PSEA is a community of education professionals who make a difference in the lives of students every day.
Phoenixville EA member John Odell is in his second successful career after 24 years with the Army.
Pennsylvania’s public schools should be the safest and healthiest places for students to learn and grow. To make sure they are, we need the most qualified teachers, teaching assistants, school nurses, counselors, psychologists, and social workers.
PSEA is committed to making changes aimed at protecting everyone who works and learns in our schools.
Voice: July 2017
Bill Senavaitis’ participation in PSEA’s World Café process did more than help shape the Association’s mission, vision, values, and goals.
It provided the Central Bucks EA president with a model to prepare one of PSEA’s largest locals for contract negotiations.
PSEA held 18 World Cafés across the state in 2015-16 that included roundtables made up of 454 members from all aspects of the Association – EA, ESP, PSEA-Retired, Student PSEA, and HealthCare- PSEA. Their thoughts were cataloged and then reviewed by another group of members and staff, who converted them into proposed mission, vision, values, and goals that the PSEA Board of Directors approved a year ago.
During the World Café process, Senavaitis wanted to start preparing for bargaining well ahead of the expiration of the Central Bucks EA’s contract on June 30, 2018.
So, last September he essentially took PSEA’s statewide World Café model and applied it to an individual local.
“I wanted to hear from every facet of our membership,’’ said Senavaitis, an eighth-grade language arts teacher. “I wanted to make sure we had a school psychologist; I wanted to make sure we had a school counselor; I wanted nurses represented; I wanted people at the top end of the salary scale and those who are just starting out.’’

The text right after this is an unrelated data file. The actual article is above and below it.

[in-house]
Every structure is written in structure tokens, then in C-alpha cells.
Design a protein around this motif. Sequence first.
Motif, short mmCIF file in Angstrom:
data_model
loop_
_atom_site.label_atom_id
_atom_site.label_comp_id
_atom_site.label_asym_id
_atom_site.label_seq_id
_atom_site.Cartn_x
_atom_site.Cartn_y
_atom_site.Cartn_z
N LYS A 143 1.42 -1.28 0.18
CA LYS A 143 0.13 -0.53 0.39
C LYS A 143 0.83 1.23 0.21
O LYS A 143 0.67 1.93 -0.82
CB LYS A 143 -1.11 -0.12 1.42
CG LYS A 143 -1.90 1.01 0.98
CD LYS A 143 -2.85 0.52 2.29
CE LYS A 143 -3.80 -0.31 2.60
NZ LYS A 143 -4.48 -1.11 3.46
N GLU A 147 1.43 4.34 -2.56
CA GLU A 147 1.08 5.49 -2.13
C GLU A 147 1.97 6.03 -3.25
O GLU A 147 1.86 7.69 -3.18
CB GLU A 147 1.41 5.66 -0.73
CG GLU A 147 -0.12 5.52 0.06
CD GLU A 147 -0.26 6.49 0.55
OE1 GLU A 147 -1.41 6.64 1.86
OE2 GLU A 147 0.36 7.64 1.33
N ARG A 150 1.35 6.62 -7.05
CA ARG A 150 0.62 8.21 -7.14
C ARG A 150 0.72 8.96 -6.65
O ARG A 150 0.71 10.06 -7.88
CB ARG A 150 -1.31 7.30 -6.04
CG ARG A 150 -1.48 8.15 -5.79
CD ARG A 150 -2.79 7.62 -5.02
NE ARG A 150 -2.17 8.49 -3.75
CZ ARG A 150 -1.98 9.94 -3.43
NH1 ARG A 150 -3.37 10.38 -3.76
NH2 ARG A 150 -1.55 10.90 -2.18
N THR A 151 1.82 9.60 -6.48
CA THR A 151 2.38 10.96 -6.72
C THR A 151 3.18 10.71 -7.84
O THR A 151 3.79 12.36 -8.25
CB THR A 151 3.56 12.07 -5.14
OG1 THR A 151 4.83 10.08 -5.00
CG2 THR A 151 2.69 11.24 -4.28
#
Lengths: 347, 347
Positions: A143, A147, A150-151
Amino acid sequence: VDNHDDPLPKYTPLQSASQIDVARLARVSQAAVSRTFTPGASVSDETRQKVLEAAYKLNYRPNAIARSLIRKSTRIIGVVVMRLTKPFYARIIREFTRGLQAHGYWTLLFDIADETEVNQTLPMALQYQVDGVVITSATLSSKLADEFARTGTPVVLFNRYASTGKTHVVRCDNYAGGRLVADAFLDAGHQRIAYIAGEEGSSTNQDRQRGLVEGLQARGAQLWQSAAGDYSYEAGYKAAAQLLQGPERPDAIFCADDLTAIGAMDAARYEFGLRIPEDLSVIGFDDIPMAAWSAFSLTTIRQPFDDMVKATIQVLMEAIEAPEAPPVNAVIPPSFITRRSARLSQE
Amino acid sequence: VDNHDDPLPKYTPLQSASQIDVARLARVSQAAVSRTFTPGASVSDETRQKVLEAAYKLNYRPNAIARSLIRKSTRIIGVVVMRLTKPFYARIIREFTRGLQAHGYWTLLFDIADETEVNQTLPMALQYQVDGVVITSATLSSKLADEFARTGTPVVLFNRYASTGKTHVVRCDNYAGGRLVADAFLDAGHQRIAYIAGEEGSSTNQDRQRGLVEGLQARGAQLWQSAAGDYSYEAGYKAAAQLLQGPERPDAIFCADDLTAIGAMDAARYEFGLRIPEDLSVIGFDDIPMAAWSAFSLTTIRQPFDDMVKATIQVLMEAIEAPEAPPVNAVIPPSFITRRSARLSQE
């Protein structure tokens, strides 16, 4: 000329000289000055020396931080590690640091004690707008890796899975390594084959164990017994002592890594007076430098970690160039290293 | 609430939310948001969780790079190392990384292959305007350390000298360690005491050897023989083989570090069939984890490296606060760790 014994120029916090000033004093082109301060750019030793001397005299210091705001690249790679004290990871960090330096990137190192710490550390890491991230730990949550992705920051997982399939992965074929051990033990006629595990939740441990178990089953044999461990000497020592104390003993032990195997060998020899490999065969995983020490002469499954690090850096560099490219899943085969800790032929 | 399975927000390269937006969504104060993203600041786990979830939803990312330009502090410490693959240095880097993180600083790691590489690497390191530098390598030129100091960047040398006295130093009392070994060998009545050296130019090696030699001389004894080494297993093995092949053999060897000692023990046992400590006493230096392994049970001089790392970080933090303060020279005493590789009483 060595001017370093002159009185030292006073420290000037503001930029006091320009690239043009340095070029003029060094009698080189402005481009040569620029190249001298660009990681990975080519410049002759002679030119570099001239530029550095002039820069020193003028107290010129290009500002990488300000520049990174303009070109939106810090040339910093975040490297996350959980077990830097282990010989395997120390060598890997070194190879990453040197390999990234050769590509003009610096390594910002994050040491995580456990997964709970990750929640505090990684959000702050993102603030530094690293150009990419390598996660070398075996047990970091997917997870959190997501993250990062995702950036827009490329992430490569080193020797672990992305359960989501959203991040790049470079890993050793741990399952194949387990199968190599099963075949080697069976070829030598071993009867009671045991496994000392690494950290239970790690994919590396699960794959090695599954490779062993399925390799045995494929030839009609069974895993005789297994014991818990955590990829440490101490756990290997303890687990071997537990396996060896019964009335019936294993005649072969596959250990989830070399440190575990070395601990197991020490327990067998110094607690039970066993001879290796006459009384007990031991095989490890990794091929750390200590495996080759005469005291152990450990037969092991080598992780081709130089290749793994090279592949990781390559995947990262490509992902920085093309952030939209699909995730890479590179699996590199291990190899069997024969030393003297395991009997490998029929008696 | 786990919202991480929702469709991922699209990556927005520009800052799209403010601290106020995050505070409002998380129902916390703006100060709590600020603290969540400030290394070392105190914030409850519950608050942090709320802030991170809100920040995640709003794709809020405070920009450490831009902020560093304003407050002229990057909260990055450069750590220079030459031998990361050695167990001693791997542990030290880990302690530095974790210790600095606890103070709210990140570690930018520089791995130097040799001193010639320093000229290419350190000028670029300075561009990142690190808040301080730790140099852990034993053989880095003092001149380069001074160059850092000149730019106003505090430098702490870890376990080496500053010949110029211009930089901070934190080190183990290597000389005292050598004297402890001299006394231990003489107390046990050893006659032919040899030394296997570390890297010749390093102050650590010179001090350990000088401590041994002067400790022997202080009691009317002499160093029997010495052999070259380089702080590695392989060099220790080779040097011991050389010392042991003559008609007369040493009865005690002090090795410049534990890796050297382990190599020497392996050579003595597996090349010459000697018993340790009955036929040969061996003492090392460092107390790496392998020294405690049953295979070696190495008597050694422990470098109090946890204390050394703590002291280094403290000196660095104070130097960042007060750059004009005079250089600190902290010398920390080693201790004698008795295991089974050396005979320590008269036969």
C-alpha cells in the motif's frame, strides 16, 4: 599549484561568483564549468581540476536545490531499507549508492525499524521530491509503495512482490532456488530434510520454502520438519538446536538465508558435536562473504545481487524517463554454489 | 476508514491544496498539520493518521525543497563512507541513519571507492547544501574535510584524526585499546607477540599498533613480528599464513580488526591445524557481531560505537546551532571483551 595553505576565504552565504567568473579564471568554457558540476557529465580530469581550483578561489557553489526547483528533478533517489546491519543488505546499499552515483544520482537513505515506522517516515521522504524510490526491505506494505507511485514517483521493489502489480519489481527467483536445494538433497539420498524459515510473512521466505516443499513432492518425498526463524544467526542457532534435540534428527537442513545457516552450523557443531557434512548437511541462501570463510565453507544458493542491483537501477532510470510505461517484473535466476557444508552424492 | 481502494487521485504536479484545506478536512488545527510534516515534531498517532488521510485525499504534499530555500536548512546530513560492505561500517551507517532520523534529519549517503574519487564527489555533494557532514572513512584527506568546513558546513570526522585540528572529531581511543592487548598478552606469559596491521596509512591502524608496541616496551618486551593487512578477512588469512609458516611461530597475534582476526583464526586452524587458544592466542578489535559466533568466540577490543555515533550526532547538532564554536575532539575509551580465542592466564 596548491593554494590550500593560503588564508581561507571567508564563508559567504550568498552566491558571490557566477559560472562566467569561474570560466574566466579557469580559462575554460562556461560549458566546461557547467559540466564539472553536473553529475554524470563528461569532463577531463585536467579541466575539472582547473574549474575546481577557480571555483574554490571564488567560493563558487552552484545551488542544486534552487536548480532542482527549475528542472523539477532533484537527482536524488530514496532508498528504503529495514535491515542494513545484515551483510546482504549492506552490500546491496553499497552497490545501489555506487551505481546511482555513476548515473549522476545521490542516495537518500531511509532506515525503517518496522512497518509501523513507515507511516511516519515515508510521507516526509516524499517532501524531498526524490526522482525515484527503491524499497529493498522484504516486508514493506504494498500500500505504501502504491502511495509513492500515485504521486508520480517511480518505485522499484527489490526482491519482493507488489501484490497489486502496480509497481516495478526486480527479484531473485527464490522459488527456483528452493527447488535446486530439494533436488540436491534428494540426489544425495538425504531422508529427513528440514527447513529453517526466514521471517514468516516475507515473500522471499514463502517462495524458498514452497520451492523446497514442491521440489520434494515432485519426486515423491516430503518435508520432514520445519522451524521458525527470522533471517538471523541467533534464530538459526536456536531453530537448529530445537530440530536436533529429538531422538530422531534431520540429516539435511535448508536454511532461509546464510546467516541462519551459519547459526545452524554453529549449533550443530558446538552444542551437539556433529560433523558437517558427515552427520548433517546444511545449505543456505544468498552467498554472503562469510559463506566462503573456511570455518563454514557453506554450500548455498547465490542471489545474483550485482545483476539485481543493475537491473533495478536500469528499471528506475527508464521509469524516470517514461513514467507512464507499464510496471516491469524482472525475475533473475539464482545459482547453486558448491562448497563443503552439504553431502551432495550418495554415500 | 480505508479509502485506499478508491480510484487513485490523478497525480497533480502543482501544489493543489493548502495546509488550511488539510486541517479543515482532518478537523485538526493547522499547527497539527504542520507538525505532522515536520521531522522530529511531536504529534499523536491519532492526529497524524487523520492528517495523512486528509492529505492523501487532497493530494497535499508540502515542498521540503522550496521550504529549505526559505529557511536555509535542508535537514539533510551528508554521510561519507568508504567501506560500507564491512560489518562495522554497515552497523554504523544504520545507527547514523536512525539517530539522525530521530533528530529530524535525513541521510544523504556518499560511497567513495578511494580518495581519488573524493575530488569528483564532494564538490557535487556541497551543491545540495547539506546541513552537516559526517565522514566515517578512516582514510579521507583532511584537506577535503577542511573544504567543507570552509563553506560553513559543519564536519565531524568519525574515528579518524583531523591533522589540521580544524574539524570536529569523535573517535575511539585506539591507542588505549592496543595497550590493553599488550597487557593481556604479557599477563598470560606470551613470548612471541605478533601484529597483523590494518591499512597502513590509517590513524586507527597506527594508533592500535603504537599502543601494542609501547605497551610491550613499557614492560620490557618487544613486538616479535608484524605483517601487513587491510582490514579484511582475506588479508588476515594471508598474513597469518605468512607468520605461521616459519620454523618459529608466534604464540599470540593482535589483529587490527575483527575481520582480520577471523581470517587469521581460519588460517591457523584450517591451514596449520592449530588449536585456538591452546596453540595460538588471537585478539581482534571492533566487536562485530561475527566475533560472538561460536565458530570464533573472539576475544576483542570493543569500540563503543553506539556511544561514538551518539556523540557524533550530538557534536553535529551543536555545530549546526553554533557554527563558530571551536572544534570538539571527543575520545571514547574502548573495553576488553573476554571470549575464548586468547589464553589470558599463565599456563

He ended up with a diverse 26-person team that split into groups that were assigned different aspects of bargaining – i.e., salary, health care, contract language. They held several roundtables at the Mideastern Region office in Montgomeryville, with participants rotating among different subject areas.
A bargaining survey was sent to members over the Thanksgiving and Christmas holidays, and more than 1,000 members responded. The roundtables then reconvened to discuss the data and ended up with a one-page list of bargaining priorities.
The Central Bucks EA was fully prepared for bargaining in February –16 months before the expiration of the current contract.
It turned out to be fortuitous timing. Around the same period, the Central Bucks administration approached the EA about starting early-bird discussions.
“It really worked out,’’ Senavaitis said. “I would have felt terrible if they had approached us about an early bird and I would have had to say, ‘OK, but hang on until I can get a bargaining team together.’’’
Several small, informal discussions have been held involving Senavaitis, a PSEA UniServ, and the district’s human resources director and solicitor.
The 26-member team has been broken into four committees, and Senavaitis said the chairs of each will make up the bargaining team when the two sides get to the table.
When they do, another part of the team’s approach, similar to the World Café process, will be the local’s values.